As a father of four (ages 8 to 14) and living with bipolar disorder I have always worried about the “genetics” of my disorder. My family history is riddled with mental health diagnosis’s with my mother’s major depression and anxiety and my father’s bipolar (uncontrolled until a few years before he died at 63 in 1996). I look at my kids and I have to wonder will they get it too? I then question what is normal “kid behavior” and what are real serious signs of troubles with their emotions and their feelings? When it is time to intervene and seek out a Charlotte Behavioral Health Care’s therapist, psychologist, or psychiatrist? That’s when I thought I would put my mind to ease and ask one of the Licensed Psychologist’s at CBHC.
Ask A Therapist
I asked Molly C. Grossman, Ph.D. the Director, Outpatient and Community Based Services at Charlotte Behavioral Health Care a few questions.
Chato Stewart: What is normal “kid behavior” and what are real serious signs of troubles with their emotions and their feelings?
Molly C. Grossman, Ph.D.: “Normal” behavior in kids covers a wide range of emotional, behavioral and social functioning and depends upon so many different issues. [To name just a few: age, temperament, personality, IQ, learning skills, culture, peers, medical problems, family dynamics, current stresses in the family.] Kids are individuals and they are all different! Parents may learn of concerns about their children in many different ways — from teachers, caregivers, coaches, physicians or friends and relatives. Because parents usually know their kids better than anyone, the concerns expressed by others may mirror what is in the parent’s own heart. Kids “talk” to us with their behaviors, especially younger children, so changes in behavior are often an indicator that a child is also struggling emotionally or socially.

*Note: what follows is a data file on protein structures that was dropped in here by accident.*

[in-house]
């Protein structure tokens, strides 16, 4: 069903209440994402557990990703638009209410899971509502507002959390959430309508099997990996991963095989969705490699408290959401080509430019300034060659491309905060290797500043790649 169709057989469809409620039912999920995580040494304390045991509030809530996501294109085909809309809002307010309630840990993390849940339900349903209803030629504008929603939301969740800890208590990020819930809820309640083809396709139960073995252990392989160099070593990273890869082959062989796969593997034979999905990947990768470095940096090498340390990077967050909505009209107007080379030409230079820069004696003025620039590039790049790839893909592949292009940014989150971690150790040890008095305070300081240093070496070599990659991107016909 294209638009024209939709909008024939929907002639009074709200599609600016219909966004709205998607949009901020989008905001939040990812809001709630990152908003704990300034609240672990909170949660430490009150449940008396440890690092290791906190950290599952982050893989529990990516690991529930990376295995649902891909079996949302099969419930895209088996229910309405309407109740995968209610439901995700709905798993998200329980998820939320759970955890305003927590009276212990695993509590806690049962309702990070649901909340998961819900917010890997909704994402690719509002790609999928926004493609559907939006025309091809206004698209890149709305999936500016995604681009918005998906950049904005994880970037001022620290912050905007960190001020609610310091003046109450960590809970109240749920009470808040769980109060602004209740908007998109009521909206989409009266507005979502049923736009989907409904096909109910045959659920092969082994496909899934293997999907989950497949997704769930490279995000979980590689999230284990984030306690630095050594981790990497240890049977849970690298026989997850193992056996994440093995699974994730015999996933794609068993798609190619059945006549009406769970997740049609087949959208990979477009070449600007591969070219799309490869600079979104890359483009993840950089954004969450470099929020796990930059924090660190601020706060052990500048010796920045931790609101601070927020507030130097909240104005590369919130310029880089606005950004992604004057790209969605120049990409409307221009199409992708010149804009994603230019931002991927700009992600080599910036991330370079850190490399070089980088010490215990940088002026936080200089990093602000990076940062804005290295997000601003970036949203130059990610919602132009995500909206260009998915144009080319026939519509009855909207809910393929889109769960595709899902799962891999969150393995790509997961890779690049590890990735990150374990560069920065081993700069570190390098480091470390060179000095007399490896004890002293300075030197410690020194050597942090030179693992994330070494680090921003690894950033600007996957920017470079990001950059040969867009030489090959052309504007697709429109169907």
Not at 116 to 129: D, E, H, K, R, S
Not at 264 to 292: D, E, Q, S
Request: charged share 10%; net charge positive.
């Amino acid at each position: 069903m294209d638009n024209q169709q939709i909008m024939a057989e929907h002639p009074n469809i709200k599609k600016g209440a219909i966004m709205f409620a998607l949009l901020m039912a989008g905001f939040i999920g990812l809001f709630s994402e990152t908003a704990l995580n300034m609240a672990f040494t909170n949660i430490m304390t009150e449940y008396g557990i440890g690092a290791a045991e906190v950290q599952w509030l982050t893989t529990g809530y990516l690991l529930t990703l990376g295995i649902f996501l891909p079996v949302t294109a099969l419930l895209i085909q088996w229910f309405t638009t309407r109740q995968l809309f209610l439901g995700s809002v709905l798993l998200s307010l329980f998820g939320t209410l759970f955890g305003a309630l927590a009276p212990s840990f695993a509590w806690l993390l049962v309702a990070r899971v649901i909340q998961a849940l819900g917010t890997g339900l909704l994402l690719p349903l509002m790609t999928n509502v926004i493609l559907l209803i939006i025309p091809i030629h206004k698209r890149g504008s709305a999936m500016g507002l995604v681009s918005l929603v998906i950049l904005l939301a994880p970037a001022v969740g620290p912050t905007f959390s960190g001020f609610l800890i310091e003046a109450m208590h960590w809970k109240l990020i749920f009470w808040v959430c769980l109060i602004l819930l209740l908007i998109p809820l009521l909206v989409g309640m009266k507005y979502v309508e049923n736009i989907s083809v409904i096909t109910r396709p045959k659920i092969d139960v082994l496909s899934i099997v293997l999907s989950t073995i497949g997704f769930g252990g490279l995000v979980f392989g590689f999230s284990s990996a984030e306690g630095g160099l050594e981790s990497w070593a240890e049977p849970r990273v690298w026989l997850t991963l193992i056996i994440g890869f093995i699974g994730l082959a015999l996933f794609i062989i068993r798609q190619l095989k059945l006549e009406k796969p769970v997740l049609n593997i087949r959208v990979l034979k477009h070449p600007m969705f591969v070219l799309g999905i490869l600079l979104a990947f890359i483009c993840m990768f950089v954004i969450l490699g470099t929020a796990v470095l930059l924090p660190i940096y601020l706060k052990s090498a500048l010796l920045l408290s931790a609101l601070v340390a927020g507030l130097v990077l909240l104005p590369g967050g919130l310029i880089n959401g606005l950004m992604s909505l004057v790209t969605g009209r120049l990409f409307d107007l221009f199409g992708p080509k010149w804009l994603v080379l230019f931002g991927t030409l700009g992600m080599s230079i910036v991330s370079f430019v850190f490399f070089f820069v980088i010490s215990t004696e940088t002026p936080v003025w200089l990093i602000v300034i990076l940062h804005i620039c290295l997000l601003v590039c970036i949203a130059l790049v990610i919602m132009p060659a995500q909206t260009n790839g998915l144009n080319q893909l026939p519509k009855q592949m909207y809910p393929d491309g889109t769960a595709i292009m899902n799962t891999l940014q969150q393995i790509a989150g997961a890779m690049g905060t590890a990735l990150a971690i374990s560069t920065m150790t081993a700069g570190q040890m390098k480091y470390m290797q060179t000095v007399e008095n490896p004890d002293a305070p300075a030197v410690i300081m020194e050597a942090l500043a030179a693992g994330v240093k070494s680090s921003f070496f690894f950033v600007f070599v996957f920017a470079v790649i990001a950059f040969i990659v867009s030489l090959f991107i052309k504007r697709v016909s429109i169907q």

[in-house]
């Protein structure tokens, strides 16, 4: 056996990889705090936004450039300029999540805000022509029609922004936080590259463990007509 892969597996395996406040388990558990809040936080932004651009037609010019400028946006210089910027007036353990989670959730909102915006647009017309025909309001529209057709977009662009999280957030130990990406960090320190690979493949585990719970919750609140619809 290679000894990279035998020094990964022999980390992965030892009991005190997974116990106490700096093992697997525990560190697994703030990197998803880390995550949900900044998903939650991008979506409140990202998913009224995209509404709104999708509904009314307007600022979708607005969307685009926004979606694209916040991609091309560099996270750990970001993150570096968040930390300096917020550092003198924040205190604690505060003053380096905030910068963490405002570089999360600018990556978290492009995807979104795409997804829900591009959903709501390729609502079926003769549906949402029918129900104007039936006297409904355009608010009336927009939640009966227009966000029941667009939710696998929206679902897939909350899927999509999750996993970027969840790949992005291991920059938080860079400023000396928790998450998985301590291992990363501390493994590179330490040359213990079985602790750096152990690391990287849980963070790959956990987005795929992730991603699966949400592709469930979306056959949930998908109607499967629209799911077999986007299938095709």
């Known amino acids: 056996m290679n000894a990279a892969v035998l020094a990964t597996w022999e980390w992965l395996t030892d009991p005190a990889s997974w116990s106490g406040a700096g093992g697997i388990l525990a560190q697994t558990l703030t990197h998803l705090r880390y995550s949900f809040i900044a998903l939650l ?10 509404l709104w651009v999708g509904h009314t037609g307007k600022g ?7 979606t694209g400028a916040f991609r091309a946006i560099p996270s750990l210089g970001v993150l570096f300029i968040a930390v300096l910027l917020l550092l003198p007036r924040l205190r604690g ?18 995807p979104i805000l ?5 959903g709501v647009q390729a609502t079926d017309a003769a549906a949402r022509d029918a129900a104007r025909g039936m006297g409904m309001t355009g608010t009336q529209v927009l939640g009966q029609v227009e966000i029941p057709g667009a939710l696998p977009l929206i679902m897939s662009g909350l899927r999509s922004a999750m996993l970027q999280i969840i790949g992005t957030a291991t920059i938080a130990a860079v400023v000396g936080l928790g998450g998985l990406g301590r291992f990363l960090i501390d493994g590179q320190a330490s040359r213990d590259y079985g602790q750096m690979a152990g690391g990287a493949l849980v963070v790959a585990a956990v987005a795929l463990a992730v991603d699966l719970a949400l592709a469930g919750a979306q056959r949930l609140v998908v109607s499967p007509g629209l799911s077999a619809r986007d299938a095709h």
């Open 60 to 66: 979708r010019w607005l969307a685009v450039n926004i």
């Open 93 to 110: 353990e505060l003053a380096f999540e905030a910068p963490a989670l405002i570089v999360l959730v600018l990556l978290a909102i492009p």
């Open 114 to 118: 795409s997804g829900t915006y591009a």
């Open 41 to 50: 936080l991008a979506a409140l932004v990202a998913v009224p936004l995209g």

Chato Stewart: When is it time to intervene and seek out a CBHC therapist, psychologist or psychiatrist?
Molly C. Grossman, Ph.D.: So start by talking with your child, asking them to describe what is going on in their own words. If you are seeing a significant change from previous behaviors, or withdrawal from friends, family and activities, or a change from being an A student to failing, or ongoing refusal to attend school, or self-injurious behaviors, these may all be indications that professional assistance is needed. Any change in behavior, mood, or functioning may be an indication for an assessment. Early intervention is important, once a parent notices their child having some type of persistent difficulty. Anna Freud wrote about “developmental lines,” meaning that a child’s development progresses at different rates in different areas. She identified that lagging in one area may “snowball” into problems in another area. So this may be the time to seek professional assistance. At CBHC, when a parent calls, we usually start by scheduling a Mental Health Assessment with one of our Masters’ Level therapy staff. Many children and teens can be successfully treated in six to 10 sessions of individual/family therapy and soon be back in the groove!
Chato Stewart: Thanks Molly for helping us out!
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